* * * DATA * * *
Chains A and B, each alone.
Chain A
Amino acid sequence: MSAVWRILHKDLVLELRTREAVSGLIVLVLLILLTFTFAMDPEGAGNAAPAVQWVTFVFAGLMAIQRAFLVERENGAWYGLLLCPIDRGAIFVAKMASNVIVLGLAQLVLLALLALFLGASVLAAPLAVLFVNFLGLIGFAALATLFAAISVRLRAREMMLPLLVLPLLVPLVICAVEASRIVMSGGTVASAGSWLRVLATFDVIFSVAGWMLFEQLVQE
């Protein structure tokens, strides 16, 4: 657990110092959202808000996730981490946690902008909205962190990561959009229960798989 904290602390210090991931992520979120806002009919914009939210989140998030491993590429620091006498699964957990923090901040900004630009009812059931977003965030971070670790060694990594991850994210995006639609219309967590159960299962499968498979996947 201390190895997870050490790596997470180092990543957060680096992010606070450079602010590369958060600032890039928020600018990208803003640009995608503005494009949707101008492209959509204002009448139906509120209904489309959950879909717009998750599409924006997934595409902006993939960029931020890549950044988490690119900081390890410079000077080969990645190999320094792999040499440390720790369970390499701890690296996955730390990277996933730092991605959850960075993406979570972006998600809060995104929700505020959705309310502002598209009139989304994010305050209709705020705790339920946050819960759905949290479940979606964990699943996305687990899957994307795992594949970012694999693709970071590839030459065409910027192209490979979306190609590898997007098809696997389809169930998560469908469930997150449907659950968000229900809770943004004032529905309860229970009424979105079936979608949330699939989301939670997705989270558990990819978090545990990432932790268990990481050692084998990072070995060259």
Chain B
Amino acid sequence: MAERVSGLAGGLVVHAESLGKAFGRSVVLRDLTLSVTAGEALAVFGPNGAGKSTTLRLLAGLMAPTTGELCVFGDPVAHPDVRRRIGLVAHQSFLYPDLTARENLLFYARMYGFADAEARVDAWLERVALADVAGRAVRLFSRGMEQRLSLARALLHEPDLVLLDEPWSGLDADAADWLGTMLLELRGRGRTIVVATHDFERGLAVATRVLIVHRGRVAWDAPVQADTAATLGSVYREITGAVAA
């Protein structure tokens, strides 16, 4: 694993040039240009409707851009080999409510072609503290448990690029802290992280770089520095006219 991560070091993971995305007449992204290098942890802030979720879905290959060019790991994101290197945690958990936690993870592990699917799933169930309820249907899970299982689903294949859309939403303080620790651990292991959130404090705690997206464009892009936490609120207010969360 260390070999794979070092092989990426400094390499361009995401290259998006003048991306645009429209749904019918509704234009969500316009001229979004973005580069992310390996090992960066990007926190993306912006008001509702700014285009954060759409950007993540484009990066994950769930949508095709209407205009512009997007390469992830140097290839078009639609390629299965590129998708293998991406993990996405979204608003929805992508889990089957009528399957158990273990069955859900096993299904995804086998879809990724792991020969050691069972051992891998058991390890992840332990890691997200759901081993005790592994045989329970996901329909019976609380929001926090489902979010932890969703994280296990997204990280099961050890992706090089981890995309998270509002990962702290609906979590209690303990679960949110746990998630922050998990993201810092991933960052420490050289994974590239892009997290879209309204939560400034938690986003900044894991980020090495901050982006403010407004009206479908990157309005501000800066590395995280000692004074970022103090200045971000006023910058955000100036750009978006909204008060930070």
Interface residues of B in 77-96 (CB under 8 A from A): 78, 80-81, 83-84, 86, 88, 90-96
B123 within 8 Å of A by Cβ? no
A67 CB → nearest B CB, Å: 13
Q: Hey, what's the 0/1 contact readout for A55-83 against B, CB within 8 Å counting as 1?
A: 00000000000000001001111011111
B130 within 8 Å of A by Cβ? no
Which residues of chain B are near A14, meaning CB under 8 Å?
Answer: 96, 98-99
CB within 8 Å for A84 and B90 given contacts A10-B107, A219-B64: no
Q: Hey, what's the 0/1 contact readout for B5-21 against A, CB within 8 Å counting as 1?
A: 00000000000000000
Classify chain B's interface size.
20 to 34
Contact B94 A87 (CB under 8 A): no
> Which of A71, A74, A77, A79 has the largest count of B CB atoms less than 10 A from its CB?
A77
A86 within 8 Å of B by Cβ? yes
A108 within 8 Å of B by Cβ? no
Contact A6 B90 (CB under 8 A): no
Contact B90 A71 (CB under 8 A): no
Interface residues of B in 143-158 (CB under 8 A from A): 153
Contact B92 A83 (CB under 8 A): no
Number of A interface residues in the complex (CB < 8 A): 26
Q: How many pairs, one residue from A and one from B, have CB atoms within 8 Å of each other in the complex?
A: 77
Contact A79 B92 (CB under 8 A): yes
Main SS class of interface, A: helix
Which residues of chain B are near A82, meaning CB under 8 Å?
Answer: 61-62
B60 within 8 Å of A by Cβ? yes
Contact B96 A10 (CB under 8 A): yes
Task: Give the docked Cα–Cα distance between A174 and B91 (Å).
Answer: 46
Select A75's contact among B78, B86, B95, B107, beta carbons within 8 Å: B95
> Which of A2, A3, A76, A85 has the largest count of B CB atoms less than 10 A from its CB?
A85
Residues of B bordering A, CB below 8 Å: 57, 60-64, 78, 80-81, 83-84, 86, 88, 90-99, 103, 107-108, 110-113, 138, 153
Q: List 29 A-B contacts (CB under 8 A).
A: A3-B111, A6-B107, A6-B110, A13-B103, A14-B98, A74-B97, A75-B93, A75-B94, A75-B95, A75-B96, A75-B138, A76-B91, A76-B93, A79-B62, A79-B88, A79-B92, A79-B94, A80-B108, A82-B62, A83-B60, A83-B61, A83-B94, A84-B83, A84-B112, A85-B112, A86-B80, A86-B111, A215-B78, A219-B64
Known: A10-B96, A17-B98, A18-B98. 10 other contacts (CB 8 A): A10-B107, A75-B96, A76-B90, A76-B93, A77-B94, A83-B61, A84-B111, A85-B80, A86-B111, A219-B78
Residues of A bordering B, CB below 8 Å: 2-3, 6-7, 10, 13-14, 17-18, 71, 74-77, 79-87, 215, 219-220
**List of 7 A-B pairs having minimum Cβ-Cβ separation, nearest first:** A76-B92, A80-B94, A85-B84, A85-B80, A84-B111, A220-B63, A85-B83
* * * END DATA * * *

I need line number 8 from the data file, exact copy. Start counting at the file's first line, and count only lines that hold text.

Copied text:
Interface residues of B in 77-96 (CB under 8 A from A): 78, 80-81, 83-84, 86, 88, 90-96